The Health Service Executive (HSE) has been called on by independent TD Denis Naughten to immediately convene its multi-agency group on the meat industry to address flaws in the Covid-19 protection measures and to make recommendations to the National Public Health Emergency Team.

Commenting, the TD for Roscommon-Galway said:

“Ahead of the start of re-opening the economy next week we must address the fundamental problems within the meat processing sector – which could be replicated in other parts of industry and which could be catastrophic.

I have also requested to the Dáil Business Committee that this be discussed in Dáil Eireann next week.

“Since I highlighted this issue in Dáil Eireann two weeks ago flaws have been clearly highlighted in terms of social distancing, lack of clear information on Covid-19 and on self-isolation.

“There have also been numerous reports of staff who were tested for Covid-19 going back to work before they received their results, due to delays in lab results, when clearly there was a problem with infection in the meat plants concerned.”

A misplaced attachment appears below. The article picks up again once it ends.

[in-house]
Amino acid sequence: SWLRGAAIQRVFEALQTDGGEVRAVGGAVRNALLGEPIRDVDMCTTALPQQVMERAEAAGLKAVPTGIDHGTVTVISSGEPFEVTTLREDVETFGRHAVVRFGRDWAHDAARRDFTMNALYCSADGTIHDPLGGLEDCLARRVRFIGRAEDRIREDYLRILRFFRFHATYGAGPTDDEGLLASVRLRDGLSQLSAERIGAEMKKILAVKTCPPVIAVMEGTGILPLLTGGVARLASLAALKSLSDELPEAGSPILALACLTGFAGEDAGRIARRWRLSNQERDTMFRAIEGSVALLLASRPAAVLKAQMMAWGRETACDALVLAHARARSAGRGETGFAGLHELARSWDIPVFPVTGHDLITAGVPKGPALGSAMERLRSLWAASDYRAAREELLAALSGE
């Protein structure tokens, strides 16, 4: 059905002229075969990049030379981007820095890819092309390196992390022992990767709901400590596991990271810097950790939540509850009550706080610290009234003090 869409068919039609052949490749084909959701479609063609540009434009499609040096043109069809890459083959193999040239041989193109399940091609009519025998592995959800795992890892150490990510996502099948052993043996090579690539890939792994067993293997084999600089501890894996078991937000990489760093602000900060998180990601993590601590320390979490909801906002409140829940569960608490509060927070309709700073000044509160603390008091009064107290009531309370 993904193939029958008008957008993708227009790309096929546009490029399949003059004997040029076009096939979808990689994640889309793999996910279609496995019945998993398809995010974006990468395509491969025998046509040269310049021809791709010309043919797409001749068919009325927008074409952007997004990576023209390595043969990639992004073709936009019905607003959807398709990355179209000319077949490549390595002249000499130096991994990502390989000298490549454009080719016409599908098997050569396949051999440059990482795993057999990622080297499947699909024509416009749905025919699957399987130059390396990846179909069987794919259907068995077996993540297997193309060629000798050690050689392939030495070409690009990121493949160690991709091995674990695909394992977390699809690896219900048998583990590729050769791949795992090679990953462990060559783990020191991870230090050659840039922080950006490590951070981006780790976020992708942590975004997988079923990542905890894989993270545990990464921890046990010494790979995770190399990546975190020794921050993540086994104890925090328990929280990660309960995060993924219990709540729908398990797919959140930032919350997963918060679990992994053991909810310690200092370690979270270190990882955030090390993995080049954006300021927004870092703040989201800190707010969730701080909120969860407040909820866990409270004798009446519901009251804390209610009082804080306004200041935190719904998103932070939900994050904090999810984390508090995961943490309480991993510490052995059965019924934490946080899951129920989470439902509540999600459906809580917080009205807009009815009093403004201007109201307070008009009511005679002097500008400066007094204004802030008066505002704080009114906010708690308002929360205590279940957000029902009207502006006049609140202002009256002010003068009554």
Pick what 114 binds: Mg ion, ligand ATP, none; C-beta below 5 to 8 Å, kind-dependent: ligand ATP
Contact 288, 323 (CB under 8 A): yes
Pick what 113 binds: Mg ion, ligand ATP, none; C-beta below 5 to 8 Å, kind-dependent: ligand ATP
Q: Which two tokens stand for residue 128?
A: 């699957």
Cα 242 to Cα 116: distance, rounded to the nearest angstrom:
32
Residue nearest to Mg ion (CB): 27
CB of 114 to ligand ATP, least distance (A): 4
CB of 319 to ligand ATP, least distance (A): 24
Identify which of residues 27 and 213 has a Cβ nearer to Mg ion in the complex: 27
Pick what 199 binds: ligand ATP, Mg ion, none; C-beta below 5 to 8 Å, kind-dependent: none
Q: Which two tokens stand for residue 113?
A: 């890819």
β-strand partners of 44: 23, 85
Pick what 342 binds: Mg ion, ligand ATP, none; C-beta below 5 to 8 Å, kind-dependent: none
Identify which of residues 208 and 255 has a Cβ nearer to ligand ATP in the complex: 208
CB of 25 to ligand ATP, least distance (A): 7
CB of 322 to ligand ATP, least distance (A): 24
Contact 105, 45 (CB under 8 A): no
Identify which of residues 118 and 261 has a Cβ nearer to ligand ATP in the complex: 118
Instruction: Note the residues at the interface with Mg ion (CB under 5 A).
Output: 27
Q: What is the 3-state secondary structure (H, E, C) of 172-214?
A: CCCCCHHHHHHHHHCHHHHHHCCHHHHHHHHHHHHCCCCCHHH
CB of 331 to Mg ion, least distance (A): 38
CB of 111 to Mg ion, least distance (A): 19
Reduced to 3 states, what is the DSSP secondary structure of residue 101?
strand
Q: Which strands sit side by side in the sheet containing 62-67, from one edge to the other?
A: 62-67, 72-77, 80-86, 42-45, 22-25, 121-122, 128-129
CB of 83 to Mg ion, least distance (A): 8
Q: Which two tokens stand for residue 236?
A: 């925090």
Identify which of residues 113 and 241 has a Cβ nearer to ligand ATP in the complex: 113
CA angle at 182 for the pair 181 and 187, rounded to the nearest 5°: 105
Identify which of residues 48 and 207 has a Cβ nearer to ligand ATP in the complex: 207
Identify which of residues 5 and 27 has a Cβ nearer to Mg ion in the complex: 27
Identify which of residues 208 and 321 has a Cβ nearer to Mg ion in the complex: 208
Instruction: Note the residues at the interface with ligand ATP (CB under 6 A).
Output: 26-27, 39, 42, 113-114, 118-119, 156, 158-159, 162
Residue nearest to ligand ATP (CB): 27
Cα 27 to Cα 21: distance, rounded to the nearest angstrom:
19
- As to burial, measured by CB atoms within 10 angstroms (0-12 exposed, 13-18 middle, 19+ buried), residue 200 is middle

Deputy Naughten described negative results in such instances as “worthless” because, due to delays in receiving results, staff may have transmitted the virus from asymptomatic colleagues in the intervening period.

He added: “Part of the system failure has been the ongoing delays in issuing test results and fundamental problems with contact tracing that if not addressed now when we have small numbers in employment could set back our health service and undermine business confidence once we start to re-open our economy.

These failures in the system have resulted in new infection clusters in communities across the country which up to now had low levels of Covid-19 infection.

“If these fundamental issues are not addressed immediately, in advance of the easing of the lockdown next Monday, then we could very quickly be looking at a second spike in Covid-19 infections.

“After such heroic efforts by every citizen in the state to stop the spread of this virus we cannot allow a second wave of infection under any circumstances.

“So, while we must remain cautious in how we relax restrictions, we must also learn to live with Covid-19 which will be with us for a considerable time to come,” deputy Naughten concluded.